How Do I Handle Feeling Taken Advantage of By A Friend?

Dear Rebbetzin Chaya-

A friend asked me to do a job for her, which I did before we agreed on an exact price. It was not an easy job, but she was desperate and I was glad to be able to help. Then suddenly she told me that she didn’t have money to pay me and thanked me for the chesed I selflessly did for her. I was so shocked that I didn’t respond, nor to all her texts and emails since, acting like nothing has happened. At some point I need to address this. If she’s oblivious to what’s wrong with this picture, how will my telling her about it help? I feel so uncomfortable and helpless here. What should I do?

Feeling Taken Advantage Of


Dear Feeling-

What a tough situation for you to be in. You were just trying to help and it looks like now not only have you have lost time and money, you are in a difficult position with a friend.  It is an old truism that when lending money to a friend or family member one should always be prepared for it to be a gift, to prevent situations like this one. While I imagine that you have learned an unpleasant lesson for the future, you are still stuck in a bit of a conundrum for the present.  I am assuming that the amount of money being owed is significant, but not enough that there is any question of legal recourse.

Some points to ponder to help you figure out your next steps:

What is the history of this friendship? Did this actually not surprise you at all? Looking back, does this friend regularly take advantage of people and use them? Do you see a pattern of selfishness? On sincere reflection, does this friendship bring mostly negativity into your life? If so, you have two options. The first one is to confront her:  “Hey-I was confused when you thanked me for doing a chesed for you. I thought we had agreed that you would pay me for the work. I think a fair amount would be x. I understand it might take some time to get that together, please either tell me a time by which you can have that, or let’s plan on weekly installments until you can pay it.”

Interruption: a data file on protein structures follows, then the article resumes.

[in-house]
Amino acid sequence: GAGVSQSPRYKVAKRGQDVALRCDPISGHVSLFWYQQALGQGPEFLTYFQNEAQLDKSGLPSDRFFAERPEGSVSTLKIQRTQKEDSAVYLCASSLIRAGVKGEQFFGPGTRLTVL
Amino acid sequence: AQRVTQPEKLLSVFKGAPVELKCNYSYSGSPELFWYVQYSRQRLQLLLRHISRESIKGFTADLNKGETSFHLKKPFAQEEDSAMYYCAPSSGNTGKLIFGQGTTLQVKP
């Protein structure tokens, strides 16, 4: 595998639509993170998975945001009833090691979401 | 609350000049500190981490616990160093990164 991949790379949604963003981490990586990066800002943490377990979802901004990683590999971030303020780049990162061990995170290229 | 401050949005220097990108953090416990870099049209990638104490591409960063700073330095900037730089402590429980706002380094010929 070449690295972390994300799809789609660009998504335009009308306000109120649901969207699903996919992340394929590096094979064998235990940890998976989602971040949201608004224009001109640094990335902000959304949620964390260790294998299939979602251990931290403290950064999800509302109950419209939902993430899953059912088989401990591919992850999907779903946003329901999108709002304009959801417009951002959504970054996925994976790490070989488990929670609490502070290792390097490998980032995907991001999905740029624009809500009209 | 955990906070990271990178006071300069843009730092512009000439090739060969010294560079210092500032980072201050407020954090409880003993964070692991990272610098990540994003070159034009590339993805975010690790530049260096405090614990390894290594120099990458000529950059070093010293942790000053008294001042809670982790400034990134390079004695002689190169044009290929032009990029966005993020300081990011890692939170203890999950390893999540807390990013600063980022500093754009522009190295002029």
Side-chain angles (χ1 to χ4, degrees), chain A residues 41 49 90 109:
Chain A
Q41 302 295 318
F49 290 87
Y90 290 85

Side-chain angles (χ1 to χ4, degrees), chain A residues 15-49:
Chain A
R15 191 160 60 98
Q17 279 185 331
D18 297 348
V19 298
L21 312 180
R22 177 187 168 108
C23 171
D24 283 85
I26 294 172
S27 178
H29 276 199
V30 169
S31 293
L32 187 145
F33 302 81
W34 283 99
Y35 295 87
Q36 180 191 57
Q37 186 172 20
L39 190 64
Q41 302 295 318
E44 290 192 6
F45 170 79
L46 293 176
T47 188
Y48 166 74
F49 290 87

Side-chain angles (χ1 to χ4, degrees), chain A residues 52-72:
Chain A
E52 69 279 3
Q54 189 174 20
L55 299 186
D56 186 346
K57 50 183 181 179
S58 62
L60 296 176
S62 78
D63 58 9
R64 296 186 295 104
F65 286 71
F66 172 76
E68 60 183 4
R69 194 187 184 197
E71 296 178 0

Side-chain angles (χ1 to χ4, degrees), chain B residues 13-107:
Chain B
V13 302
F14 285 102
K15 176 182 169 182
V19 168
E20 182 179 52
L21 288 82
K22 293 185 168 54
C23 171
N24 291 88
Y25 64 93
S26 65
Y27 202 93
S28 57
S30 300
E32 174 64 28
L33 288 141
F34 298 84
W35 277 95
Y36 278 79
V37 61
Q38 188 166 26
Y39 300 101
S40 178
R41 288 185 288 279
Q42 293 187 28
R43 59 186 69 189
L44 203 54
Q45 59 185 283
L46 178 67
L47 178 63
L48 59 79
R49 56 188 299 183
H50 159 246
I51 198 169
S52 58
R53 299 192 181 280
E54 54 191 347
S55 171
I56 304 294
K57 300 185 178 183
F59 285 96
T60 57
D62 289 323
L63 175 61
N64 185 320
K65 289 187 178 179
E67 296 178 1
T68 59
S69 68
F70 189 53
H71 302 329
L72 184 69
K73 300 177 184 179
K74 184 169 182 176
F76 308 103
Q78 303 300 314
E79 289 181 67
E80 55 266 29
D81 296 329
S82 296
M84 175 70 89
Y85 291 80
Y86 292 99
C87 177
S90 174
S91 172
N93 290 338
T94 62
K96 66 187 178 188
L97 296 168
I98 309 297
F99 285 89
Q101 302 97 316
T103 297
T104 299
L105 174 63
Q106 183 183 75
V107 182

The other option, if this is truly a friendship that brings more negativity then it’s worth, is to just chalk it up to life experience, and let the friendship and the money go.

However, is it possible that this was out of character? If so, can you chalk it up to her having a crisis moment, and give her another chance? Or even ask yourself, what could be going on to make her act in this way? Could you find a way to have a conversation that is an honest check-in with her: “Hey, I was a little confused because I thought we had agreed that you were going to pay for this. What’s going on? Is everything OK?”

You could even follow that up with a gently worded request to make a plan for paying you back, but it would be cushioned by genuinely coming from a place of caring and not anger.

You may find that she is oblivious or devious, or in fact, she may be mortified and struggling, and you reaching out to her is throwing her a lifeline.

Short of that, can you find it in yourself to give her a fresh start? Was this friendship a meaningful and important one to you, one that you don’t want to lose? Or is this someone that you will by default see on a regular basis, because of mutual friends or car-pool or playdates? Can you decide that you won’t agree to any favors or loans, nor will you have a big heart to heart, but take baby-steps towards normal interactions?

One final thought–there is no right or wrong here. So much is dependent on this friendship and your personality. Some people could never live with themselves if they let a significant sum of money go for the sake of friendship, and could never forgive someone who treated them in this way. Some people dread the thought of confrontation, and would rather lose the money than have a conversation.  As long as you approach this with compassion for yourself, and if possible, an attitude of compassion towards your friend, I think you can’t go wrong.


Good luck,
Rebbetzin Chaya


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